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How to Build a Meta Tag Page that Ranks High in Search Engines

Three ways to build a meta tag page and how other publishers are using them

A meta tag page is a page that lists all the content a site has about a particular tag or keyword. The difference between a tag page and a topic page, is that a tag page doesn’t necessarily get elevated to the navigation level.

The literal translation of a meta tag page is “a page about other pages”.

As a quick example, here is a meta tag page for George Clooney on People.com. Whenever there is an article with his name in it, the article gets added to this page. And whenever you see his name on the website, it links to this page. This is the portal for all things George Clooney on People.com: articles, photos, quizzes, biography, news, magazine covers he’s been on, etc. The only way this page could get more dedicated is if the advertisement for People Magazine had his face on it.

Now that you understand what a meta tag page is, you should know that there are three ways to create one, and various ways to use them:

Meta Tag Page By Hand: In this most undesirable instance, you create the meta tag page from scratch. You choose a tag or keyword, and then you manually add related articles and products to the page. You also manually add links to articles that will point to this page.

In the instance of George Clooney, you’d be manually linking his name to this page in every article, and you’d be manually adding the new articles to this page; nothing is auto-generated for you.

Meta Tag Page with Manual Tagging: In this instance, your content management system has “tagging” built in (such as WordPress). When you write an article, you can assign tags to the article, which will show up on the article page and link to an auto-generated meta tag page. You might still manually link terms within in the article to this automatically-generated page.

In the instance of George Clooney, you’d be adding the tag “George Clooney” to the article that would link to a page set up to automatically list content that uses the tag “George Clooney”.

Meta Tag Page with Automatic Tagging: In this instance, you have given your content management system a list of terms that it should automatically create meta tag pages for. Also, any time you use the term in an article, it will automatically link to its respected meta tag page.

In the instance of George Clooney, whenever People.com would publish an article using his name, a link would automatically be created within the article content during publishing and would point to the George Clooney meta tag page. If a new celebrity popped up, you could add her name to the list, and a meta tag page would be created the first time you used her name.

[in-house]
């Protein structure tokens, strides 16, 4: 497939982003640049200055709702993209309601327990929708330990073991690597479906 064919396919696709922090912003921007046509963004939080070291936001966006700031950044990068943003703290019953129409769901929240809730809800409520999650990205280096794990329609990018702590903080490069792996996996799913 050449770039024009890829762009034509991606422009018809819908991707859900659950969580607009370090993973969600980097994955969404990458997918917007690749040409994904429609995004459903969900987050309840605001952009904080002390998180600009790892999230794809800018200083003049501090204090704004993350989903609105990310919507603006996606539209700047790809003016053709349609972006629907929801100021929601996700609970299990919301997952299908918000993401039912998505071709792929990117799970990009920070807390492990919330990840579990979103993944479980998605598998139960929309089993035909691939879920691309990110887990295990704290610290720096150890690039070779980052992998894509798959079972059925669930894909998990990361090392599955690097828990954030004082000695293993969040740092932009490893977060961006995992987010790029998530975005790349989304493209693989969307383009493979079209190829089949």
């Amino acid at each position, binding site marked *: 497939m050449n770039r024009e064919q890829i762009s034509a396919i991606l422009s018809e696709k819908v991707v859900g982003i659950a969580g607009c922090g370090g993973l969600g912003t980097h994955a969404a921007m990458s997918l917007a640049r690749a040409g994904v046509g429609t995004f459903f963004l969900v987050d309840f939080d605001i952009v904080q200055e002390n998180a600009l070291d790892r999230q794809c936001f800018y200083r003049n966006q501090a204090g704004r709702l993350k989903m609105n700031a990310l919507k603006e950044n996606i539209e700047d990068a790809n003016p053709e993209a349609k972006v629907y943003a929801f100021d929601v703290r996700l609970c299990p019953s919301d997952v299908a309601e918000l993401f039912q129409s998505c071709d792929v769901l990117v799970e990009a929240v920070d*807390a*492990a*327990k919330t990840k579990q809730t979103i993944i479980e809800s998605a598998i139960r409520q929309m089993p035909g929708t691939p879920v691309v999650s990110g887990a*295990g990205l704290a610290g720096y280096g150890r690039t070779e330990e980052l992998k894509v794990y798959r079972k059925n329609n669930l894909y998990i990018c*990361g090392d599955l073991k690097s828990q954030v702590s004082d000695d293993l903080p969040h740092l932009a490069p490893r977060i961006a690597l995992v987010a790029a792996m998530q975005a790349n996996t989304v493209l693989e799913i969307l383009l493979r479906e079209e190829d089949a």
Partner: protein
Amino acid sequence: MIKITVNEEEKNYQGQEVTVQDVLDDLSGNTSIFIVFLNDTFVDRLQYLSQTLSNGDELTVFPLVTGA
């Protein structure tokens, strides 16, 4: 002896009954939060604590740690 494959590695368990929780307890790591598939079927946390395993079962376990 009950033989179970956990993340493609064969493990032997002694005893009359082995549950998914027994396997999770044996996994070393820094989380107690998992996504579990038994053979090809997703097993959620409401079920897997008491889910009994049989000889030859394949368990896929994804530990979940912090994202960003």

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Different types of meta tag pages

HuffingtonPost.com uses the Manual Tagging method we mentioned above.

Selective meta tag pages: HuffingtonPost.com calls their meta tag pages “Big News Pages – Some News is so Big It Needs its Own Page”. If you look at the “big news page” for Sarah Palin, you’ll find pictures, blogs, news articles, polls, Twitter tweets that use the term “Sarah Palin”, stories from popular bookmarking sites like Digg, Delicious and Google BlogSearch, comments, etc.

They only list robust, dedicated pages in their “big news pages”, but they also use additional tags for less popular terms that link to auto-generated tag pages such as the term “republican nomination“. At the beginning of every article, there is a list of “tags” that link to their respective meta tag pages.

fuelNet.com uses the Automated Tagging method we listed above. They use not one, but two versions of the meta tag page.

Classic meta tag pages: This page includes snippets of articles, like the one they have for “corporate identity“.

Glossary meta tag pages: This page includes a glossary definition provided by the site’s editors, then is followed up by related posts. “Brand building” is an example of their glossary meta tag page.

Here are the elements a meta tag page should include (at a minimum):

  • Definition (if a term)
  • Bio (if a person)
  • Any articles or posts using the tag
  • Any videos, podcasts, or other media using the tag
  • Related product/sponsor ads
  • Photo gallery (if relevant)
  • Most popular stories (if content is evergreen)
  • Most recent stories (if content is news-based)

Why are meta tag pages important?

Meta tag pages are incredibly valuable to your website in terms of driving traffic. Due to the enormous amount of content on a meta tag page, and the inbound links it can gather, these pages are likely to rank extremely high. This means that relevant ads and conversion architecture should be your number #1 priority for meta tag pages (next to content of course).

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